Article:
Italicizing long blocks of text | Proper Manuscript Format | William Shunn

Italicizing long blocks of text

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A reader writes to ask:

If you don't mind, I have a very quick question for you. You say that italics should never be used, and italicized passages should be underlined instead. But what if a story has long passages that are meant to be italicized, as a formatting choice? In my case, it's meant to delineate the story from the narrator's asides, and I'm afraid it would look incredibly annoying to have a full page of underlined text. Are there exceptions to the no-italics rule, or should I stay with underlining, regardless of length?

Most people balk at the conventions of manuscript formatting because the results aren't pleasing to an eye used to reading typeset pages in books. A professional editor, however, is probably not going to be annoyed to see a full page underlined in a manuscript. I've done that myself with story submissions. (The editor who originally bought that story did ask me if I was sure I wanted to italicize those passages, thinking it wasn't really necessary, but he did not tell me the manuscript itself looked bad that way.)

If you really feel displeased with the way a page of underlining looks, then do it the way writers using typewriters did, where underlining long passages was not practical. Print the manuscript, then draw a long straight line down the left margin of each passage you want italicized. Write "ital" in the margin next to each passage. If the passage runs to the next page, put "ital" in the margin again on the next page. It's a bit unwieldy, but it's much better than using italics in your manuscript.


Listed below are links to weblogs that reference Italicizing long blocks of text:

» Indicating literal thoughts from Proper Manuscript Format
A reader writes to ask: How should I differentiate the character's thoughts from the rest of the narrative? Some people have suggested I put them in quotation marks, but I find that when I read novels in which the character's... [Read More]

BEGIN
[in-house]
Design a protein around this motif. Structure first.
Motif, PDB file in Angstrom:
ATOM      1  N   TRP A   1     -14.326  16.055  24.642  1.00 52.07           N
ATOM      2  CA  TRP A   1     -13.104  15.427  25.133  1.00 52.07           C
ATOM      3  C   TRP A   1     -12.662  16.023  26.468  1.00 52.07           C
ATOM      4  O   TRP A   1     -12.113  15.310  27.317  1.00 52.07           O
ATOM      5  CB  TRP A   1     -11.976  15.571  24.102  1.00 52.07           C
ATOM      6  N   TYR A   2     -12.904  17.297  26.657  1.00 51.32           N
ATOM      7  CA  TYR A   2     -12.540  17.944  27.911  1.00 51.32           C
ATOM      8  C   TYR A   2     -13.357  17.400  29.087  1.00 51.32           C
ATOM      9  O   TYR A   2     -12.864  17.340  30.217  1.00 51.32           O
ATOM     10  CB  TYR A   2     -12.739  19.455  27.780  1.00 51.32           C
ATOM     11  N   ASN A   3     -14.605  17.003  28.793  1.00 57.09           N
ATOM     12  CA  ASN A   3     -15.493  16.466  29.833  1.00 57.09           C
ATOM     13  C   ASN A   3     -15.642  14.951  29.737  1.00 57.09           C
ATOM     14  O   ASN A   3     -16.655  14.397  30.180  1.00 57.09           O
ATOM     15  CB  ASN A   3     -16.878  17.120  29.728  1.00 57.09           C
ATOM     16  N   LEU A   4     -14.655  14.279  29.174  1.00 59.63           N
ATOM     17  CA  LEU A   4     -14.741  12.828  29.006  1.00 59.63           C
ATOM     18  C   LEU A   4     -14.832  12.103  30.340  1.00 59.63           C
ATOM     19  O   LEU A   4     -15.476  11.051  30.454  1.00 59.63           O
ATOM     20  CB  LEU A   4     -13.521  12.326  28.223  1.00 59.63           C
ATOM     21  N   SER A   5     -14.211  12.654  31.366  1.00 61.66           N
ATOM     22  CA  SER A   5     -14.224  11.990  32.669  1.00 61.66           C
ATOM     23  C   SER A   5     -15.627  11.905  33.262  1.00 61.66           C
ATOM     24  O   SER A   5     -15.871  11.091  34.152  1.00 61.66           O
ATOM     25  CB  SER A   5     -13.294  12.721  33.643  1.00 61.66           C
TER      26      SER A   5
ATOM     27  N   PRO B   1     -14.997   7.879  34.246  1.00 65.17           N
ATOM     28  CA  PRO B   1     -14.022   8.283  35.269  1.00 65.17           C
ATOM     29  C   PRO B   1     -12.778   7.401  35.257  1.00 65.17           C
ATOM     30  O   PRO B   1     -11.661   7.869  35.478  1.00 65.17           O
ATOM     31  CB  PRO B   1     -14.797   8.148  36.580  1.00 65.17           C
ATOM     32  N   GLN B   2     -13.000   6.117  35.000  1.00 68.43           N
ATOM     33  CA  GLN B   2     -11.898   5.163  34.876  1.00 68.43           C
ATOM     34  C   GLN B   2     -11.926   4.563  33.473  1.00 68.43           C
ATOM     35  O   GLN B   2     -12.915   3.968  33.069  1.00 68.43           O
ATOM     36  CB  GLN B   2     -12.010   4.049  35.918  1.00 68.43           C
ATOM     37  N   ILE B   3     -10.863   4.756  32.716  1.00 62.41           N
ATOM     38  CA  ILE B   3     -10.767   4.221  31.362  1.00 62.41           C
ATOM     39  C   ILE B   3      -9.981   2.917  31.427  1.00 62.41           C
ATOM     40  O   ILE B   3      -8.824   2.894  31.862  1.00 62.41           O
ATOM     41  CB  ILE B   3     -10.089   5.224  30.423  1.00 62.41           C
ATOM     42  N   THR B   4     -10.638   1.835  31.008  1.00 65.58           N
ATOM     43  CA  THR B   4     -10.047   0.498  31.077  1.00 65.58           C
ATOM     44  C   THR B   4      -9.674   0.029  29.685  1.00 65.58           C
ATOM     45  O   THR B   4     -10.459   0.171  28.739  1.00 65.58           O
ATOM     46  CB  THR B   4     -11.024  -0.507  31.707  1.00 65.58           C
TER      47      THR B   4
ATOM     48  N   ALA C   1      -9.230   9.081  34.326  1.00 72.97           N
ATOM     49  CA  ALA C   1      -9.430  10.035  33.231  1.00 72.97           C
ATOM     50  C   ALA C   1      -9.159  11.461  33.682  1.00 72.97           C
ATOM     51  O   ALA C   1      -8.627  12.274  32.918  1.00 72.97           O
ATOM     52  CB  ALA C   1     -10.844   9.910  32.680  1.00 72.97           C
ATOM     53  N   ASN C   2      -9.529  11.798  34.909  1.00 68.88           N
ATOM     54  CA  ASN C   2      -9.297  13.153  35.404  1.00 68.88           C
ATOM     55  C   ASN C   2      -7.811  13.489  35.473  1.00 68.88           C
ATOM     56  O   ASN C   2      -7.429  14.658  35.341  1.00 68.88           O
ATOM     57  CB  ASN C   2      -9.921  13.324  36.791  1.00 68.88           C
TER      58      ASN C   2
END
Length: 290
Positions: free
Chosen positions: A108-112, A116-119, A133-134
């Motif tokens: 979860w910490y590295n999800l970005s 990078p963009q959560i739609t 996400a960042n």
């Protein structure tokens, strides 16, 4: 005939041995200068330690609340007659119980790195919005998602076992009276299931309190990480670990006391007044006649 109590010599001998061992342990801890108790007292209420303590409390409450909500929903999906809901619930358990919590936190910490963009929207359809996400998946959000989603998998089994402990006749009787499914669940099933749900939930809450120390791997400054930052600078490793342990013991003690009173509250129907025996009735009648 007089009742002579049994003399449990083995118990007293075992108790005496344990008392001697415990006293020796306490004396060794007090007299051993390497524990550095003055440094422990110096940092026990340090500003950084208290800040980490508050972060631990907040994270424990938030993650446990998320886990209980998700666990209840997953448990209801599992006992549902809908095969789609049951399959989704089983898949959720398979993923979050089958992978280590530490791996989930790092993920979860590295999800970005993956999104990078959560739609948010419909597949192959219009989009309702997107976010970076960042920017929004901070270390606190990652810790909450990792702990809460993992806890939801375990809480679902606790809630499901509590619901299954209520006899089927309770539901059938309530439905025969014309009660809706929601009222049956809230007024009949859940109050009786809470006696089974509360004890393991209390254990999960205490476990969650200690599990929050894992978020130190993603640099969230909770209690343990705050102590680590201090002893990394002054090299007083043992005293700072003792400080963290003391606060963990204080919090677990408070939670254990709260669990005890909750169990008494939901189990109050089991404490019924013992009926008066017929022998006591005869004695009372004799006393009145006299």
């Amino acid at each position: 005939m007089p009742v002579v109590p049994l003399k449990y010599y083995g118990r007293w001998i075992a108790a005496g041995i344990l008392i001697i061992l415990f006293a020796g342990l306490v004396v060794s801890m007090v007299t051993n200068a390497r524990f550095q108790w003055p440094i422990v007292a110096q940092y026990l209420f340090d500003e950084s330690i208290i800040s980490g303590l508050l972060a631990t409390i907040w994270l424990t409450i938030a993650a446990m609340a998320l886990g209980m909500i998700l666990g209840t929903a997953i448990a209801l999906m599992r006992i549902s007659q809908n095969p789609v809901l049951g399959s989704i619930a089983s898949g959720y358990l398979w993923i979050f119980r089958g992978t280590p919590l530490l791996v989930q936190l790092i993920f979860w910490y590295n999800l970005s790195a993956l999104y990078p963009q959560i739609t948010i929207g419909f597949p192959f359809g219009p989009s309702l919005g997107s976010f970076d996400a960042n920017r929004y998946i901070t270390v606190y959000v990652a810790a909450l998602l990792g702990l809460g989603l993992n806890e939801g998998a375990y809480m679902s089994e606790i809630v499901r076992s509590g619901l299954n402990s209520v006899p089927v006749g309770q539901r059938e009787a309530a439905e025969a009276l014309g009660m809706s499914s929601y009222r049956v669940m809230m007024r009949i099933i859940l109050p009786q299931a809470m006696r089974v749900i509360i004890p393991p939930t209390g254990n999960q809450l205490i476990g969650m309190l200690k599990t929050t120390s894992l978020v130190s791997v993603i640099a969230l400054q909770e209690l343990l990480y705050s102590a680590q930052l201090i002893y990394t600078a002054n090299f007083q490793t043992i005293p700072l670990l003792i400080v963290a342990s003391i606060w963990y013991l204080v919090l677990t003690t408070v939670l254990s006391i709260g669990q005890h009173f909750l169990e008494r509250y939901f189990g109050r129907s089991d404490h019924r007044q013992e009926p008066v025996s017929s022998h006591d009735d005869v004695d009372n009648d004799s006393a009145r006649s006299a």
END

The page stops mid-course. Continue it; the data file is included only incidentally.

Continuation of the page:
» Some fine points of underlining from Proper Manuscript Format
A reader writes to ask: I scoured your blog as well as the Internet, and am still having problems with underlining for italics. I am definitely using underlining but am fuzzy on the following:Do I use "underline words only" like... [Read More]


How come some published novelists submit their manuscripts with their italicized words in Courier New italics rather than underlined?

The same reason that some published novelists use alright instead of all right—because they prefer doing it that way.

Guidelines are guidelines, not law. Using italics instead of underlining is not necessarily wrong, it's just not the standard. You probably won't be docked for it, but why take the chance?

(On a personal note, I find Courier italics just plain ugly.)

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FLOG is Hugo- and Nebula-nominated author William Shunn's blog on manuscript formatting and preparation for fiction writers. It features formatting questions from real readers and writers like you. Submit your questions to format at shunn dot net. Identitying information will remain private. We regret that we can't always respond individually to submissions, and that we can't answer every question we receive.


This page contains a single entry from the blog posted on February 11, 2009 12:20 PM.

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